Wednesday, October 31, 2007

Happy Samhain!

In the times before Christianity reached the Celtic nations of northwest Europe, the celebration of the last harvest, or Samhain, marked the coming of the dark and solemn time of year between the autumnal equinox and the winter solstice. It is a time for reflection and self-inventory. It’s a time to honor the ancestors and those who have passed on, as this is the time that the veil between the realm of the dead and the living world is at its thinnest. It’s the time to come to an understanding of the cycle of life, including the great mystery of death.

Samhain survived the rise of Christianity and made its way to the United States through the Scottish and Irish immigrants of the 19th century, and was renamed Halloween. And, like all American holidays, it became commercialized and stripped of most of its meaning.

I’m at a time in my life where I often find myself longing for the deep connection to Nature that I felt when I was much younger. I had a visceral and instinctive understanding of Nature’s seasons and cycles, that years of urban, subtropical living have softened. I also find myself thinking a lot about the cycle of life and the inevitability of death and I want so much to understand more.

I’ll most likely walk around South Beach tonight with friends, admiring the wackiest and the most creative costumes. But I’m also going to take some time this hallowed eve to notice the quietness and stillness of the retreating light, and to consider my life’s cycle and purpose.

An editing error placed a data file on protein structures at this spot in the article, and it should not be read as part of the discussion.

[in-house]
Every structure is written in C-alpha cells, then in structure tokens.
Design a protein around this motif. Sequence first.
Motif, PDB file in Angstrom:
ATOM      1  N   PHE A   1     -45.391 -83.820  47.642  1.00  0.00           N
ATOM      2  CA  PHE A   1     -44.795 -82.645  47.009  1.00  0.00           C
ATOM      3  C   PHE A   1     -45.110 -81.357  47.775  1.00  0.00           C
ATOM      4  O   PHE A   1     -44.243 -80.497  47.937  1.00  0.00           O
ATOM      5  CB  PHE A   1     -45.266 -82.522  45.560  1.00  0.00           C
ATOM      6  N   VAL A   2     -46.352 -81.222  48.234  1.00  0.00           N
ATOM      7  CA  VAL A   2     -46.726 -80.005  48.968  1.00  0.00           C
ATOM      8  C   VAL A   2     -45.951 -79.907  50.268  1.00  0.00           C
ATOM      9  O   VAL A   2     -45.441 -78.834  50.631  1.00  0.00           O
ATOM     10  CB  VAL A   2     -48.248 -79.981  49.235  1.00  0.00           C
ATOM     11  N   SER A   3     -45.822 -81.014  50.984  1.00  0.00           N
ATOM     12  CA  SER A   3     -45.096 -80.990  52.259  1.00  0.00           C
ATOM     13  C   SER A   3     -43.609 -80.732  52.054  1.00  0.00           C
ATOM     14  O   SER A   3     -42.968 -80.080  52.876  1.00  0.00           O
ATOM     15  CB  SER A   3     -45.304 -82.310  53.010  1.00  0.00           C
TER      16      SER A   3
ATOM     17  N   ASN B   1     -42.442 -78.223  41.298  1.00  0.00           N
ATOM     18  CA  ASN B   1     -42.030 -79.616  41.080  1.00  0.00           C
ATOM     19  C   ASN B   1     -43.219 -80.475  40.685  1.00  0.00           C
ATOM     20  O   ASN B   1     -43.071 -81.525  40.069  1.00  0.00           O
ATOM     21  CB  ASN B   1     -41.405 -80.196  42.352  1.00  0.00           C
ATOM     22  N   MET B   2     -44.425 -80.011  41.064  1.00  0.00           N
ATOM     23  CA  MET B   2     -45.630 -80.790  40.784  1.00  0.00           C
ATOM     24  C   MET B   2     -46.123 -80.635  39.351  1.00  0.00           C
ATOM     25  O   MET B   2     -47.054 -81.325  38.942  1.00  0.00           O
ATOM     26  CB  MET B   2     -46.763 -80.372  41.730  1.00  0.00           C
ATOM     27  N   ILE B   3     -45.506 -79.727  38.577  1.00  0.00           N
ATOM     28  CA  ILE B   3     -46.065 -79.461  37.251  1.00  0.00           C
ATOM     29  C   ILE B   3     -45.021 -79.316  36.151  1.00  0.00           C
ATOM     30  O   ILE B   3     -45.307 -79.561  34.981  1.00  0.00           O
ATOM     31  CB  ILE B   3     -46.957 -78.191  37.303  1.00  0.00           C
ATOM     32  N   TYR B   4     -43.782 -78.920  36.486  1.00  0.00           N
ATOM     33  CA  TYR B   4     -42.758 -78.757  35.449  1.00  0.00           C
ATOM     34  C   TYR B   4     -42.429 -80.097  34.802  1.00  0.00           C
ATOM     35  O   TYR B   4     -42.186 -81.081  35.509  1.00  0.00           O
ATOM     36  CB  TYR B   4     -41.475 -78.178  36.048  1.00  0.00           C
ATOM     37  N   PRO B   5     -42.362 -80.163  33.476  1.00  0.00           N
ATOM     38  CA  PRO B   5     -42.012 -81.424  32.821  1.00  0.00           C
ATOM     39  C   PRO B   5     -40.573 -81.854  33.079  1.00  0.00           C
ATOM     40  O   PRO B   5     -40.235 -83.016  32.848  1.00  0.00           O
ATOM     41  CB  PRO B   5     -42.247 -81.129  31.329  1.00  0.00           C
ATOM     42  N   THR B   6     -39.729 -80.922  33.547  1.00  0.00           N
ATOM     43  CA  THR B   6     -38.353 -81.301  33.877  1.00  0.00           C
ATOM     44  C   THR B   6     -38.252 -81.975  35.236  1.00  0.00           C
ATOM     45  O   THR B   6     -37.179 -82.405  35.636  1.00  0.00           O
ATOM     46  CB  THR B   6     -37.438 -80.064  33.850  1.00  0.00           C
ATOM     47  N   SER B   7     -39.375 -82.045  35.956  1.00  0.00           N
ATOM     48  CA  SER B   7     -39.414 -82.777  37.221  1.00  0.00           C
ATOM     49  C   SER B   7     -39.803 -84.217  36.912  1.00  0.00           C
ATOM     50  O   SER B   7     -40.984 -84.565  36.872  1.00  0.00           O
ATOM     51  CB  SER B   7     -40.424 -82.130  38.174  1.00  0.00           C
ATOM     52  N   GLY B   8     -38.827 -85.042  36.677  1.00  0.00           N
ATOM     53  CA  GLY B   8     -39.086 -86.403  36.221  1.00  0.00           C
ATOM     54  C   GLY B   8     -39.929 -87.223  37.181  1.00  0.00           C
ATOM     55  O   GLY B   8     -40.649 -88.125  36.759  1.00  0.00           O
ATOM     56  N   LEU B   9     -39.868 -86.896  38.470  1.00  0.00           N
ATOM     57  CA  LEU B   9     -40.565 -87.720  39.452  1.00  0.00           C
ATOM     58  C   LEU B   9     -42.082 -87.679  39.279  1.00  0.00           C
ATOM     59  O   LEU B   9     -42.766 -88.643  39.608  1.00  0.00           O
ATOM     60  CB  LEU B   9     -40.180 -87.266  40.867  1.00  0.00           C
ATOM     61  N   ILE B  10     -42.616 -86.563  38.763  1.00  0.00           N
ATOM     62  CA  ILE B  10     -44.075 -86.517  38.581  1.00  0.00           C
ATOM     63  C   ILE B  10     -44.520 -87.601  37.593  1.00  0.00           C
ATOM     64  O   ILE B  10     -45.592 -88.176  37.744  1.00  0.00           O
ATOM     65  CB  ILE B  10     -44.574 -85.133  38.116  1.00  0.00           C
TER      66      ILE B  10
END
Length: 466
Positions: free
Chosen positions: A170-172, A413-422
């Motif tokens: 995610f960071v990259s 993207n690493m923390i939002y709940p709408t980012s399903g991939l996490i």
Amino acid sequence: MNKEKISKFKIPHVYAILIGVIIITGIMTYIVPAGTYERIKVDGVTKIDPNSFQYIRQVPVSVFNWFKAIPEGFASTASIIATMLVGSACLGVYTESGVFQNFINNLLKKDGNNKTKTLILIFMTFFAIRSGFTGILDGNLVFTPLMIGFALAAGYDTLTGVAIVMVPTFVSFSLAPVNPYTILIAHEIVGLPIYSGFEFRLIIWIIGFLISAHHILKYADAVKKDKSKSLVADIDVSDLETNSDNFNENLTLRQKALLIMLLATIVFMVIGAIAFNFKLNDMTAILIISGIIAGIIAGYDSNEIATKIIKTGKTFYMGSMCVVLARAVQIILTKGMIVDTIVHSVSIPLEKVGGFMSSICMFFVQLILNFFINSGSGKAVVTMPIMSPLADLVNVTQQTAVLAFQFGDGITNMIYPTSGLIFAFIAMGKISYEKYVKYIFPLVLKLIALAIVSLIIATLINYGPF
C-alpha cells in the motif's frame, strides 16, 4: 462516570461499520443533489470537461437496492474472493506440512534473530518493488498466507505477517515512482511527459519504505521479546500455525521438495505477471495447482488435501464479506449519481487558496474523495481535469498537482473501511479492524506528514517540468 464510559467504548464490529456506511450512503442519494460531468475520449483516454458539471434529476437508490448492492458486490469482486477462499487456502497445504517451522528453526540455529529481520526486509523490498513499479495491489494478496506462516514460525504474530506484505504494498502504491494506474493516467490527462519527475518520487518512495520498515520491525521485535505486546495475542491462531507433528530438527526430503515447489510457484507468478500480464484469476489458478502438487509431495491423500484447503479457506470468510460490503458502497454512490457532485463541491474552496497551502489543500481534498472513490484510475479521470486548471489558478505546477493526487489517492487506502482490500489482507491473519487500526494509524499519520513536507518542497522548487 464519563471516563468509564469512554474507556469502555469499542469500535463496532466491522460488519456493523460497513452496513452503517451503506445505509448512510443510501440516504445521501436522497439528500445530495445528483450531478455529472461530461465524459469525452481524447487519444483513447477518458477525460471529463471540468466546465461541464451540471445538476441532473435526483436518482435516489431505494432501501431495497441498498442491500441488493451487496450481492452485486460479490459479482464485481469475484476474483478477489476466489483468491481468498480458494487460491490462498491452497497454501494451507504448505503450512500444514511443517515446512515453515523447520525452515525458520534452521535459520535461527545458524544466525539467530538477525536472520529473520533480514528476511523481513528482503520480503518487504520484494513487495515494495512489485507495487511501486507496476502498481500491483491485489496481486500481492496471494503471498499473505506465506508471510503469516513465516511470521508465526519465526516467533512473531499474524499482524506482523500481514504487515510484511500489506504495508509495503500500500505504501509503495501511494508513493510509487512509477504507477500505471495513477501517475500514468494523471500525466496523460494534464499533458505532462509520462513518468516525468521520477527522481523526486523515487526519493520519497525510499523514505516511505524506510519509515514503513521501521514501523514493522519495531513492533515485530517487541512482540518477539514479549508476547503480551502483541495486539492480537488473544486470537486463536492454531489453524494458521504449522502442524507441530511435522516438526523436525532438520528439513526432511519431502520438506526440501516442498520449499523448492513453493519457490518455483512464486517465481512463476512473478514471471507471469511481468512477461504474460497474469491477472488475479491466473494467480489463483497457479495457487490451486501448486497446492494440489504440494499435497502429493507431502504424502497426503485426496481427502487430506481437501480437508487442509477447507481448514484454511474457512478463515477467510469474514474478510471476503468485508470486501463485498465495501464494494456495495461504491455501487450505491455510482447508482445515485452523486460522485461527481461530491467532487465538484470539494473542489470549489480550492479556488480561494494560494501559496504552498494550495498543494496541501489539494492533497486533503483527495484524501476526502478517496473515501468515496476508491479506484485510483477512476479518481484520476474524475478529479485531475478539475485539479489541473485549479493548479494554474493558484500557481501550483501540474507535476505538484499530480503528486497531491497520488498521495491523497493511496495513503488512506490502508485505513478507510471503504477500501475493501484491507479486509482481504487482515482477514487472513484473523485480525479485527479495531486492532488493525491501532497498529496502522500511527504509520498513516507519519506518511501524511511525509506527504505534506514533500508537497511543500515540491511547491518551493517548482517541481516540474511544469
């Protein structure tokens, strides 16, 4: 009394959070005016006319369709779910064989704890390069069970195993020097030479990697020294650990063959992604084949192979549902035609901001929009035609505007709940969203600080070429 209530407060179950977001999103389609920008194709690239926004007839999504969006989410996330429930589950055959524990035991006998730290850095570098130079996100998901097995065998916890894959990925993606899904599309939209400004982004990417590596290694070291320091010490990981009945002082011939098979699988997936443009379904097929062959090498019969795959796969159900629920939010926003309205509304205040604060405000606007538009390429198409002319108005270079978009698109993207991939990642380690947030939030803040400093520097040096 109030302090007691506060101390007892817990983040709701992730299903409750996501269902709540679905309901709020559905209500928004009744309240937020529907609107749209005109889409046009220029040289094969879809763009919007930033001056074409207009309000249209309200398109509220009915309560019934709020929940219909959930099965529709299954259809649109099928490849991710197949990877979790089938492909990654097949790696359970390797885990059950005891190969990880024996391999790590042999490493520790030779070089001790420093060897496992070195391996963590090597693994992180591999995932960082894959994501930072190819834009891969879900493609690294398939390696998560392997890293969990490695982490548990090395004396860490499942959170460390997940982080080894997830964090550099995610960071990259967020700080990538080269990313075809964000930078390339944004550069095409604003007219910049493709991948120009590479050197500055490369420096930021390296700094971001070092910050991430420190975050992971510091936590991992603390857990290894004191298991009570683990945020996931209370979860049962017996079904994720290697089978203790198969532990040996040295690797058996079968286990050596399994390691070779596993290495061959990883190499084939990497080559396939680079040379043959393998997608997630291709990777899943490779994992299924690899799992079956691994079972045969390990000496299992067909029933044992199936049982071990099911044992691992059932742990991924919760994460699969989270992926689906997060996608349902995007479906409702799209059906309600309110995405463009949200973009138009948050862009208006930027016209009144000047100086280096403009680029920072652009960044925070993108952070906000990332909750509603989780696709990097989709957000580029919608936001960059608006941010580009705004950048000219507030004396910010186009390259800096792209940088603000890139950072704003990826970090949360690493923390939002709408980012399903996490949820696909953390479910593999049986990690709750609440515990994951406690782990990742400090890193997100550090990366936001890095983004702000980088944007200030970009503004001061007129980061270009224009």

Thursday, October 11, 2007

On The Issues

We're finally heading into the last year of the Bush regime, and the customary political ridiculousness is in full swing. Unfortunately, most Americans are so worn down by trying to just make ends meet, in this, the richest of nations, that gathering basic information about the presidential candidates seems like a luxury - an academic pursuit. A sickeningly high percentage the eligible voters don't even vote, and those that do, most often do so without having any real idea of their candidate's issues on stances. Our perceptions of those applying for the most important job in the world are created by obnoxious television bullies, gossip mongers and out of context quotes. We tend to vote based on perceived character, often ignoring the candidate's positions on the issues that will affect our lives, our country and the coming history of the world.

In case you'd like to take a minute to see how the candidates' views of how things should be compare with your's a quick little questionairre that does just that. Let me know about your results! Were you surprised?

Monday, October 08, 2007

Sunday, October 07, 2007

The Sound Of Twisted

You know how like when you learn the definition of a word you've never heard of before, and the next day you read it in the newspaper and your boss uses it at the company meeting? Or someone at a party tells you about their recent trip to Palau and you wonder where the fuck Polow is, and then the next day on the travel channel...there's that Samantha Brown sipping Mai-Tai's on the beach in Palau?

Last week, Tony, in an effort to expand my gay culture base, forced me introduced me to "The Sound Of Music." Yep, I'd never seen it before. It really was much better than I thought it would be.

Then, two days later, I visited Stimpy's MySpace page and he had this twisted symphony as his song...

Negativland - "My Favorite Things"

Deeply deranged. I can't get enough of it.